The term "gateway drug" is used to describe any drug that a non drug-user might try out. Often a gateway drug is not perceived to be as potent, harmful or addictive, giving the potential user the feeling that "it can't hurt me". The psychology of such behavior is that once you try something like that, you tend to want more, and since gateway drugs lower inhibitions just like their more powerful addictive drugs, often people will try "something else" while they are in the middle of experimentation with gateway drugs.
The term is used because the drugs act as a "gateway" to the use of other drugs.Answer
There is no such thing as a gateway drug. People say that marijuana (or alcohol) is a gateway drug, because the vast majority of people who are addicted to hard drugs (like heroin, cocaine, or speed) begin their drug use with marijuana. However, this does not take into account that countless people begin their drug use with marijuana, but never use, or become addicted to, hard drugs.
Have you ever heard the saying, "All poodles are dogs, but not all dogs are poodles?" In other words, yes, most drug addicts begin their drug use with marijuana, but that doesn't mean that everyone who uses marijuana will become a drug addict. Saying that everyone who uses marijuana will become a drug addict is like saying all dogs are poodles.
The truth is that marijuana is the least harmful drug you can use. It is virtually impossible to overdose on it -- the only marijuana death I have ever heard of was a five year-old girl who died after eating a pound (yes, a pound) of marijuana that her mother had baked into some brownies. It is virtually impossible to die from smoking or ingesting marijuana, not counting lung cancer and other smoking-related diseases.
Because it is the least harmful drug you can use, and because it is the most commonly used drug (besides alcohol), it is usually the first drug people try when they begin experimenting with drugs. Some of them go on to be drug addicts, but the majority don't. The majority just stick to marijuana, and never try anything else (or, try harder drugs, but don't get addicted to them).
Additionally, it is very hard for a non-drug user to find out where to buy hard drugs like heroin, cocaine, or speed. You have to know people, in order to be given the number of a drug dealer. So, a non-drug user will have a very hard time beginning his drug use with, say, heroin, because he won't be able to find a dealer who sells it. But since so many people smoke weed, it's relatively easy to get in touch with people who smoke it, and who know where to buy it. And once you've started hanging around people who smoke pot, eventually you're going to meet someone who knows where to get harder drugs. No one is going to give you the number of a heroin dealer, unless they trust you, and believe you're not a police officer. And no one is going to trust you, and believe you're not a police officer, unless you smoke marijuana and hang out with other people who smoke it.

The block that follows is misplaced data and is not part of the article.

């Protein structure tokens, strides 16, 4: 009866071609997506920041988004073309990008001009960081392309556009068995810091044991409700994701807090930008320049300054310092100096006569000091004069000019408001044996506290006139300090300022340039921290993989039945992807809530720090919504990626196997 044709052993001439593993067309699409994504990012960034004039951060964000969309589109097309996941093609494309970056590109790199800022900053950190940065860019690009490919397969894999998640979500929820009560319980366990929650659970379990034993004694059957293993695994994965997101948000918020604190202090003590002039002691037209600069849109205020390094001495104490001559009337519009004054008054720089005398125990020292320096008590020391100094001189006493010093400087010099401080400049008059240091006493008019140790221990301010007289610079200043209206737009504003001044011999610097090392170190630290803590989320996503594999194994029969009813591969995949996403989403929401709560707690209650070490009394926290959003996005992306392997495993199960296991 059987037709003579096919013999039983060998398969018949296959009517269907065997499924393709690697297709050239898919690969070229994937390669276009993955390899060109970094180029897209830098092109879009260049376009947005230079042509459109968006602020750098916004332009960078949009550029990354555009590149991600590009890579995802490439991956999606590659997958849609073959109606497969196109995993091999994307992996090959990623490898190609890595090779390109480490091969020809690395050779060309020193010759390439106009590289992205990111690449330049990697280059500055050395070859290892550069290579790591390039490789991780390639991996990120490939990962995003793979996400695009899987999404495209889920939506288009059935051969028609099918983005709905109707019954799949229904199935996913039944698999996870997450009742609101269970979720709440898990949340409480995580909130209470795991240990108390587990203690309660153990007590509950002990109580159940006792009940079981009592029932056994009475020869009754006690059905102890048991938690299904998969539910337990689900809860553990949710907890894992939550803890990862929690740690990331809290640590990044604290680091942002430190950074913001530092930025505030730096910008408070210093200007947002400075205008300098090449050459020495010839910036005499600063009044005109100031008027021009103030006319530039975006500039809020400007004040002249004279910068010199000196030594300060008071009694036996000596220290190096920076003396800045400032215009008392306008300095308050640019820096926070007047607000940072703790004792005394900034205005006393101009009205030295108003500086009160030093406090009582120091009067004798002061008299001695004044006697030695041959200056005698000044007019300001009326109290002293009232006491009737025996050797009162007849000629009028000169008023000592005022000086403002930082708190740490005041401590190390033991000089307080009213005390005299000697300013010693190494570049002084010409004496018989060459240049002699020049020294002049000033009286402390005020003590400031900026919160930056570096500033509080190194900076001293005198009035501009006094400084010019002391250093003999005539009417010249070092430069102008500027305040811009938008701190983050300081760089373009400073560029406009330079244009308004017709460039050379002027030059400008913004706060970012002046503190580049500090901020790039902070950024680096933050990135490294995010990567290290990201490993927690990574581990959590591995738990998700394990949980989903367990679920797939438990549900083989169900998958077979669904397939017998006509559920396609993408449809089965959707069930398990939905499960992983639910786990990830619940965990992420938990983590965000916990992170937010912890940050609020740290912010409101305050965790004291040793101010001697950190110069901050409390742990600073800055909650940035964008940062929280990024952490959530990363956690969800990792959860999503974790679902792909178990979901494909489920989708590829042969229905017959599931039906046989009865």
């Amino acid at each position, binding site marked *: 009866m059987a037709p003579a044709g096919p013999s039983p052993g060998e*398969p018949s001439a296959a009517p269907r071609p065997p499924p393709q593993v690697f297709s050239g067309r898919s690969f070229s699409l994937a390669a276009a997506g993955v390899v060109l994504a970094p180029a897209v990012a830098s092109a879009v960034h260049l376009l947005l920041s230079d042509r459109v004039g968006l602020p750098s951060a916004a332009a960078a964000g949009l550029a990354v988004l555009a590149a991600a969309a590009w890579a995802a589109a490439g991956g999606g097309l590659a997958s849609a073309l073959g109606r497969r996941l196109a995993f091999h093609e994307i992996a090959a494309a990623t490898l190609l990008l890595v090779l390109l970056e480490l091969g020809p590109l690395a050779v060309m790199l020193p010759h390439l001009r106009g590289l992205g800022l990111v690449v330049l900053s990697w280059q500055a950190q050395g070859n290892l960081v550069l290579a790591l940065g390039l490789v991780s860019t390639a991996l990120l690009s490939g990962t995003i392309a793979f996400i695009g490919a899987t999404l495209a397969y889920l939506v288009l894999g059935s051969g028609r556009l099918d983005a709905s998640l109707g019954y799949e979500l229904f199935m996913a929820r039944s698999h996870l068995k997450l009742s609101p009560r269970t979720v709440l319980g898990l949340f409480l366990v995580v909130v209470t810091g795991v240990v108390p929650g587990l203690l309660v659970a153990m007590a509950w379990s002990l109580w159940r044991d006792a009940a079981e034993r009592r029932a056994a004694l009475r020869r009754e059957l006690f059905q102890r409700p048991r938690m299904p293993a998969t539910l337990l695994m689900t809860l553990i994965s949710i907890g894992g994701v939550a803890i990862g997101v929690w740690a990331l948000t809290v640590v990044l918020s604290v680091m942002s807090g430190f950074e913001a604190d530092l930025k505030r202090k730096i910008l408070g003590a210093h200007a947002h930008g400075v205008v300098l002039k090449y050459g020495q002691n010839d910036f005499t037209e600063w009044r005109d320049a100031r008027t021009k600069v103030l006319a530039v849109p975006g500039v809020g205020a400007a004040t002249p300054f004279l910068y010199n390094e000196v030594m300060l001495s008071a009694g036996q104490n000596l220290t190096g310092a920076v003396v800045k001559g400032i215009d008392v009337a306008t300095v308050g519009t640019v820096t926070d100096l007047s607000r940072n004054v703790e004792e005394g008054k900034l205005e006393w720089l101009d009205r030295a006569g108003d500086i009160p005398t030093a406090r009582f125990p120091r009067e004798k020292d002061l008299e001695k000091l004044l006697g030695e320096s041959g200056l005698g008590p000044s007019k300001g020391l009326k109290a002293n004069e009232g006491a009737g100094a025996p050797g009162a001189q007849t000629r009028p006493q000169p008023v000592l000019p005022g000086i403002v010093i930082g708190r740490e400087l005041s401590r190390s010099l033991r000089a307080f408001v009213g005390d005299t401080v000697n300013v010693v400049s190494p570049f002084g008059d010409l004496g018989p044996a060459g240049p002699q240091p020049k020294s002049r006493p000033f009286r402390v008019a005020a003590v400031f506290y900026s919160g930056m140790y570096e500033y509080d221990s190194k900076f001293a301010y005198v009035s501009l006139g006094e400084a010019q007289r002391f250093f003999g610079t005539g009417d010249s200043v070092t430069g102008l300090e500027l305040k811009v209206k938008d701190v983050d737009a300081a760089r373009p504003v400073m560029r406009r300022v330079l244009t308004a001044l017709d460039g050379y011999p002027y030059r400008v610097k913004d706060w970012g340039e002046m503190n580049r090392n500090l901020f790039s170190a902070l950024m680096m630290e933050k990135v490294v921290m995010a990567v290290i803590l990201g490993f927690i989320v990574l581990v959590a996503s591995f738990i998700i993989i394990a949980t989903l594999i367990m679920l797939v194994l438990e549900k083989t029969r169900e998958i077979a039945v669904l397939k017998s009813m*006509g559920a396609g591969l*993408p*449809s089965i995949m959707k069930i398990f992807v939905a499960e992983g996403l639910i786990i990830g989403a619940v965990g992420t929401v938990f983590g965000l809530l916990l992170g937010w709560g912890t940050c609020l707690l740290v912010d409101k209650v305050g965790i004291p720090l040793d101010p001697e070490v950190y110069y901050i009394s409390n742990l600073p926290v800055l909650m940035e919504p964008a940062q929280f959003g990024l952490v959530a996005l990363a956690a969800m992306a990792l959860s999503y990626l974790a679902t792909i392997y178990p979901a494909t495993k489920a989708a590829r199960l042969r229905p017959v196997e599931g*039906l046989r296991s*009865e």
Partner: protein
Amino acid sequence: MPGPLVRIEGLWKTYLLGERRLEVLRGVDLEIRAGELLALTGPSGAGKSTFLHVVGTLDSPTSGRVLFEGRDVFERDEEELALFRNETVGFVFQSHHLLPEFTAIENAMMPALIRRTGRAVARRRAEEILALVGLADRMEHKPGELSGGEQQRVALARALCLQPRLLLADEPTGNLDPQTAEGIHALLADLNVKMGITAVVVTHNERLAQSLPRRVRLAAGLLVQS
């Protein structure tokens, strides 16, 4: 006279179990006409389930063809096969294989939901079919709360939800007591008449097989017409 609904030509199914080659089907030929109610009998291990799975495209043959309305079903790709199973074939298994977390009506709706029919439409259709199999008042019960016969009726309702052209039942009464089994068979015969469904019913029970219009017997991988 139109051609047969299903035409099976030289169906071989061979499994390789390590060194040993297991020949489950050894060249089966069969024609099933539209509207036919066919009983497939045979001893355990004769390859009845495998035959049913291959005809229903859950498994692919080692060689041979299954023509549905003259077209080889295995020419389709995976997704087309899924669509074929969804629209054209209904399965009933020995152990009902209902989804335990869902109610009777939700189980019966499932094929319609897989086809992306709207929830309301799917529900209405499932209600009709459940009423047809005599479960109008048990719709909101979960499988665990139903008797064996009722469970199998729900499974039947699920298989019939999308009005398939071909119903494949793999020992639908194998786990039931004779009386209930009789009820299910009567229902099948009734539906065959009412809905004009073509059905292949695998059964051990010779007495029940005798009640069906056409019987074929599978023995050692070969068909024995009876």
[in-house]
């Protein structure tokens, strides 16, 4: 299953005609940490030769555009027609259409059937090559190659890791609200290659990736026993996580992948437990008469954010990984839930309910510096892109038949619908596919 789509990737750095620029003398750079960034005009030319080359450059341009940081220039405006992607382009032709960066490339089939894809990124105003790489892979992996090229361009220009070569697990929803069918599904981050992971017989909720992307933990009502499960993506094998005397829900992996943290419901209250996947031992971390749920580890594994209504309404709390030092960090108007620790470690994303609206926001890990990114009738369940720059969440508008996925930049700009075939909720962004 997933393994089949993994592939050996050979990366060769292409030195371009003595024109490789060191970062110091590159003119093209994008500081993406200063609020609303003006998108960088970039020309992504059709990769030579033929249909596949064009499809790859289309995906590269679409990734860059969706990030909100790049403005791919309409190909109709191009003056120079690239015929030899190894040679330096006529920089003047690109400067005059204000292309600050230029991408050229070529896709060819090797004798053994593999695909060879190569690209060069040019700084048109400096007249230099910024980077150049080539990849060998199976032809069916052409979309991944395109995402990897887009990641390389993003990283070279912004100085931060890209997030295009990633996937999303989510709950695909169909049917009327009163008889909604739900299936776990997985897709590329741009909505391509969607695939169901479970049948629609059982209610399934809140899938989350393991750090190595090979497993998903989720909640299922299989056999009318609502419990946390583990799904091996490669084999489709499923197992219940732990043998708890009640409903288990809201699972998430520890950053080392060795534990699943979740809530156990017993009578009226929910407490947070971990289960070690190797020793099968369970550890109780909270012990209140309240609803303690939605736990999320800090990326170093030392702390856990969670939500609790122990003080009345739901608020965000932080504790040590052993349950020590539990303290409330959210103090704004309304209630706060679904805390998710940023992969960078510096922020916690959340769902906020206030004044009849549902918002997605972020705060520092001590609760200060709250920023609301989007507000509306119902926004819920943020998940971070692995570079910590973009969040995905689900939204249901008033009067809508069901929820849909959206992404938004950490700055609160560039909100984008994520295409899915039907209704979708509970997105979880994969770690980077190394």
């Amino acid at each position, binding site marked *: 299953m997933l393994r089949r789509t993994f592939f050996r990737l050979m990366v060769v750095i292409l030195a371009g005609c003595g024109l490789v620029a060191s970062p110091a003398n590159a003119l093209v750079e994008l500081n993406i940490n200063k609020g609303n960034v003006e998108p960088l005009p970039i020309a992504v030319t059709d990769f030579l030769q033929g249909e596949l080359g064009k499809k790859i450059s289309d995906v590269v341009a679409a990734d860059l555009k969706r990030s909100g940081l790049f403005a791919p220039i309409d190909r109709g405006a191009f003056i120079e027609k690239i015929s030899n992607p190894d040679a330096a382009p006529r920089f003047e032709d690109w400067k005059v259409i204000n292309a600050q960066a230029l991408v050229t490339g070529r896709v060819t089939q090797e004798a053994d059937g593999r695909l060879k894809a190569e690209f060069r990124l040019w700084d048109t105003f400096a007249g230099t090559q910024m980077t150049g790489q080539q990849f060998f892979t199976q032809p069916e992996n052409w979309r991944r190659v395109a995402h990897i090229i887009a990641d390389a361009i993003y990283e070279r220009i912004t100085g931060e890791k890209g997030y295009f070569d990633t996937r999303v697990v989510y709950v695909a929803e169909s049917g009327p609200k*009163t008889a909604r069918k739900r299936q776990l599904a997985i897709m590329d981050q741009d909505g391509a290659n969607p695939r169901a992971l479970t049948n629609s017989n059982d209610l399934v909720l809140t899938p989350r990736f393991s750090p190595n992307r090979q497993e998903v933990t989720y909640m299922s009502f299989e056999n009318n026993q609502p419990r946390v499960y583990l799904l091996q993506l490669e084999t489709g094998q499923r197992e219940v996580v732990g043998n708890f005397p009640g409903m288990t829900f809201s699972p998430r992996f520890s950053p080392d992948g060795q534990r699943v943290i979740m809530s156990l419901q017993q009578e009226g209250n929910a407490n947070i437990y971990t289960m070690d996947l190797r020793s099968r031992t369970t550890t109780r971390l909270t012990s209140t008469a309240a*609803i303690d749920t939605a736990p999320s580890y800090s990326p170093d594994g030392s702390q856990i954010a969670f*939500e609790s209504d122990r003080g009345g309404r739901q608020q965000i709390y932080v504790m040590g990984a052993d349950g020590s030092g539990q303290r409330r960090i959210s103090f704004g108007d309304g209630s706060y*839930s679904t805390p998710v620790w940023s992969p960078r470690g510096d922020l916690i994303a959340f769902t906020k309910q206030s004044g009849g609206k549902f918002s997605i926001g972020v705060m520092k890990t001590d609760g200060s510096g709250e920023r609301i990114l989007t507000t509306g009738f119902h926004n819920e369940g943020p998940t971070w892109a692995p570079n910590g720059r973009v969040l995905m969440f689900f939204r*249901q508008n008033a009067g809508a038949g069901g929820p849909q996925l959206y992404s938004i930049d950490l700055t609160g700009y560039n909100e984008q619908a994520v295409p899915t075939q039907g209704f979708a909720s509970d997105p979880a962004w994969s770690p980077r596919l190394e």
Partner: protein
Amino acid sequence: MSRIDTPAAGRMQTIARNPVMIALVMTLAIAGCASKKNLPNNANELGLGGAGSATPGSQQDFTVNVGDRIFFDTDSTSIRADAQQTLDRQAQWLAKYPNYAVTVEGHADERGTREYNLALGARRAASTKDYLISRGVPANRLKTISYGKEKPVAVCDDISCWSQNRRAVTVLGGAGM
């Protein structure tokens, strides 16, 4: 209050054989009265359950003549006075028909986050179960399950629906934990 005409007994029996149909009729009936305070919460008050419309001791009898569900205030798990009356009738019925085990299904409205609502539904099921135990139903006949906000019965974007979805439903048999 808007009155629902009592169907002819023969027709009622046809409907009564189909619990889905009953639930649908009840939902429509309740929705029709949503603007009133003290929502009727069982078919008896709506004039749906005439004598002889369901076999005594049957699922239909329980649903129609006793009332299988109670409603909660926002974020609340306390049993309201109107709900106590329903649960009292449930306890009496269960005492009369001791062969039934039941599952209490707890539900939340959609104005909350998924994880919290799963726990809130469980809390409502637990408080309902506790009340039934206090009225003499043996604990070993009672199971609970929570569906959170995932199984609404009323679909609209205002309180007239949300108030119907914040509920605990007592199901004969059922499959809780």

For example, let's say that 100 teenagers tried marijuana for the first time today. In five years, 10 of them (10%) will be heroin, cocaine, or speed addicts. The other 90 (90%) continue to smoke pot (or don't), but never become addicted to hard drugs. If you look only at the 10 who became drug addicts, you might say, "Hey, look, all these drug addicts began their drug use with marijuana. That must mean that marijuana use leads to heroin/cocaine/speed addiction!" No, it doesn't. Out of those 100 teenagers, 90 of them did not become drug addicts just because they used marijuana.
Therefore, the theory of "gateway" drugs is completely, absolutely, 100% false.CLARIFICATION
Note that there are conflicting attitudes about "gateway drugs".
As a former prison counselor, I can assure you that there ARE, in fact, drugs which are considered "gateway drugs".
Many drug users will consider marijuana to be "safe", because of what they consider to be minimal negative effects.
However, most serious drug users who evolve into serious criminals also make the claim that that there is no such thing as a gateway drug.
The inmates who made that claim were the ones who were back in prison... either that or overdosed.
And by the way, 10% is pretty bad odds for something that will destroy your life.
ADDITIONAL CLARIFICATION: Yes, this is exactly what I'm talking about. What you are saying is the equivalent of saying that all dogs are poodles. Since you work as a prison counselor, you only come into contact with the people who did become drug addicts after using marijuana. You never meet the people who use marijuana but don't become addicts, because they don't wind up in jail.
So, if you look ONLY at the prison inmates who became addicts, you might say, "Hey, look, all these addicts began their drug use with marijuana! That must mean that marijuana leads to addiction to hard drugs!" Since you never meet the marijuana users who don't become addicts, to you it seems as though all marijuana users become addicts.